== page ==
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Analytics Keyword Data – Unavailable For Logged In Google Users

If you’re a Google Analytics user, you may have seen this blog post by the official Google Analytics Blog.

For a growing minority of your website visitors, i.e. organic visitors who are logged into a Google account, you will no-longer be able to see the keywords that they used to find you.

Google Accounts

The announcement is a bit vague, and tries to explain the benefits of the change to the way keyword data for organic searches by logged in users is shown.

It’s a bit like when your bank sends a letter to say they’re increasing charges and tries to tell you it’s for your own good.

Understandably, the analysts are raging – just check the comments on the announcement.

Google have made this change, which is a clear deterioration in service, due to privacy concerns.

Why would the search term used to find your site be a privacy issue?

Well from your perspective, it doesn’t make a difference whether the user is logged in or not, because the data isn’t segmented by logged in versus not logged in, and there doesn’t seem to be any enhancement in terms of demographic data available. And either way, you can track against a unique reference using a custom variable and form data (not that you or I would do that).

But it’s the data that Google collect.

The search engines, including Google are regularly asked to provide data by government agencies and federal courts.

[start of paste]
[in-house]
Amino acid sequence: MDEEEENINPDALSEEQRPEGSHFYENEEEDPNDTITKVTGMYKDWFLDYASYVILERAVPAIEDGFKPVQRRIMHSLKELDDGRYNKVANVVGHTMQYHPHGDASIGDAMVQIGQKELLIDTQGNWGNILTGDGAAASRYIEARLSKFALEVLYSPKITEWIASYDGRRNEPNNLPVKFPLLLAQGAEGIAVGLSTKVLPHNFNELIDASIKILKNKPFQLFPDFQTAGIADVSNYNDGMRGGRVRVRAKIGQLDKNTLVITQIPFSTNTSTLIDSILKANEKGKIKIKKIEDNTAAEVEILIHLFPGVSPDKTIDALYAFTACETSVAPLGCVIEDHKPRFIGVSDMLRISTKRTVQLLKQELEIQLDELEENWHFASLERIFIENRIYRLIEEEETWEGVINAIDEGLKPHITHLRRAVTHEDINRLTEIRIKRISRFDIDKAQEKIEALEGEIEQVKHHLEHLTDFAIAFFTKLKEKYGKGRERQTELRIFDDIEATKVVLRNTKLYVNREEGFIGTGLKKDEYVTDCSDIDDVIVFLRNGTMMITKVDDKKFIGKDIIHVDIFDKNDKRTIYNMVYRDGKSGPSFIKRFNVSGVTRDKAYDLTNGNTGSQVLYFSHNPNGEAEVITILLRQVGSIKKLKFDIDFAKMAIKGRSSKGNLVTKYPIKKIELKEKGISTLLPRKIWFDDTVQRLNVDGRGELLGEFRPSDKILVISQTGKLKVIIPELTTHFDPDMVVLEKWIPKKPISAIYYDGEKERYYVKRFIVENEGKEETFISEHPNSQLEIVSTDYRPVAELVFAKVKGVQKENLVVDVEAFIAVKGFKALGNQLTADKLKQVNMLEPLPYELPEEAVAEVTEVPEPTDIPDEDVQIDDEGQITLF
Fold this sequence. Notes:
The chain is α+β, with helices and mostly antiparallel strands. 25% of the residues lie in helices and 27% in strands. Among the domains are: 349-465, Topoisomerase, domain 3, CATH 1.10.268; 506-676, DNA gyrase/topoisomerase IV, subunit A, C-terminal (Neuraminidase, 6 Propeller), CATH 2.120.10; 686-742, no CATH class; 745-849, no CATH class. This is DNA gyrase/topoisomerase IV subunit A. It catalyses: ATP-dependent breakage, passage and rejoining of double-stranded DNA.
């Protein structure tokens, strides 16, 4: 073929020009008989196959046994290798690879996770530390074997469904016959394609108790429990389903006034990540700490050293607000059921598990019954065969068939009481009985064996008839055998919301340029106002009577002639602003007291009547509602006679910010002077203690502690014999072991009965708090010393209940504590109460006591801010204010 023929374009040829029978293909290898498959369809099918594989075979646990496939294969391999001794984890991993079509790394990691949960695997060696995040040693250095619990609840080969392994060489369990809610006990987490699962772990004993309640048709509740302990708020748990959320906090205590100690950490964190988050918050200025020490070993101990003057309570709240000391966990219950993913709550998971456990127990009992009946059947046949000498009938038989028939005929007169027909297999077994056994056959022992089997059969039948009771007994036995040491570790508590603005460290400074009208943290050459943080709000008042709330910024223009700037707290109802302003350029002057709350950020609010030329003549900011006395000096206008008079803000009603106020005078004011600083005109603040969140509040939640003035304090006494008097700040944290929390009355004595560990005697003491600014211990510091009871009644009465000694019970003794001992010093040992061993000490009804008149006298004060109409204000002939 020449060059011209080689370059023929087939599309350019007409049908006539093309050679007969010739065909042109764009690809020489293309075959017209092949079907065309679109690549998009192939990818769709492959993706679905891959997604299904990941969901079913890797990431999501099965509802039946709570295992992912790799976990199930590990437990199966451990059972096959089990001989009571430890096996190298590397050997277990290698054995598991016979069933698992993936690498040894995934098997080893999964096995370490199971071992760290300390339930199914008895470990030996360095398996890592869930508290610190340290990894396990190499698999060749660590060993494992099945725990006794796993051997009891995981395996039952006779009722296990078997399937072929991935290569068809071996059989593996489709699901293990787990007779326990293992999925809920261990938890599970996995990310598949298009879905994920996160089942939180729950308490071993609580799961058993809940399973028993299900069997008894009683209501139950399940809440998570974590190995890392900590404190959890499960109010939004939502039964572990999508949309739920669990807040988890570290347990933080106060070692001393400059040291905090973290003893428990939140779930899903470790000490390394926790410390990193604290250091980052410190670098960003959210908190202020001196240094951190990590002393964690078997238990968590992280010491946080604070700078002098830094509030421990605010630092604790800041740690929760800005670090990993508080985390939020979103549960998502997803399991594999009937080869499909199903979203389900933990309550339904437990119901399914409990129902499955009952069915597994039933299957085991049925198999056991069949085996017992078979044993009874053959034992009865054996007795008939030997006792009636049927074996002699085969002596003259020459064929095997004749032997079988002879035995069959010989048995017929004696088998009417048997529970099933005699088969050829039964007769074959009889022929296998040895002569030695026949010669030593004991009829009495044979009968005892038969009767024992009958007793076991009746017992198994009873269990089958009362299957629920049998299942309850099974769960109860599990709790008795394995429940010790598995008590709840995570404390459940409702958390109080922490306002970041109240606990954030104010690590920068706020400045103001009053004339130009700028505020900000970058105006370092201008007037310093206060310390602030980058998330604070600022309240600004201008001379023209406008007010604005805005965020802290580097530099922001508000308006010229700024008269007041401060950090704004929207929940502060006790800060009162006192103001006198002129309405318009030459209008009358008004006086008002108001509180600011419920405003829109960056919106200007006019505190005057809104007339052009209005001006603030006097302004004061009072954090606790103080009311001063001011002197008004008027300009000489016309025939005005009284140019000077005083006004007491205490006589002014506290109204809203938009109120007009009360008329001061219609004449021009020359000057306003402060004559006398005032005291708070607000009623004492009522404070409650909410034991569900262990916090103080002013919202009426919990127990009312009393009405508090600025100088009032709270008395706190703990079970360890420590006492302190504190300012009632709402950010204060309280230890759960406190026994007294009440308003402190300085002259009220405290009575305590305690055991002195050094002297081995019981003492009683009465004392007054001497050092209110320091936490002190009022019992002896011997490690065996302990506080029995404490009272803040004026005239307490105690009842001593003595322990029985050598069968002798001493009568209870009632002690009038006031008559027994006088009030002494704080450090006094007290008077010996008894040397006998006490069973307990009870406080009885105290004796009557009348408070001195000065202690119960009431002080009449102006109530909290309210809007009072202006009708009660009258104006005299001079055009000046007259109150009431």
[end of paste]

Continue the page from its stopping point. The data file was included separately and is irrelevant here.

In fact, in the last recorded figures, for the 6 months between July and December the United States filed a whopping 4,601 requests for user data, of which 94% were accepted and complied with (partially or fully). Despite it’s size, the UK is up in the top four with 1,162 requests of which 72% were accepted.

Data Requests

United Kingdon user data requestsUnited States user data requests

If you’re interested to know more, here’s Google’s FAQ on user data requests and the full list of user data requests by country.

Many people will disagree with me here, but I personally prefer security over privacy, and would rather that Government agencies are able to see search data on certain topics, or to assist with court cases. Of course there are downsides, and there will be occasions where this information is used in a hugely negative way. But on balance, while I understand why Google have made this change, I’d like my keyword data back please.

They welcome feedback, so hopefully this will be temporary.

Credit to Sam for mentioning this today.

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  • Liz

    That is a good point. From what I am seeing though it is the fact they are still keeping this data available for adwords that is causing the biggest problem. If they have made the decision because of privacy or because of data requests they should have rolled it out across everything, not just organic search.

    • Katrina Gallagher

      Good call Liz -
      I don’t know what Google are collecting, but if they do continue to keep the data, but just don’t publish via Analytics then it’s a reduced service for no improvement in privacy.
      And to make it available for the benefit of paying advertisers but not for those interested in organic traffic – to say the change is for the privacy of its users would be hypocritical.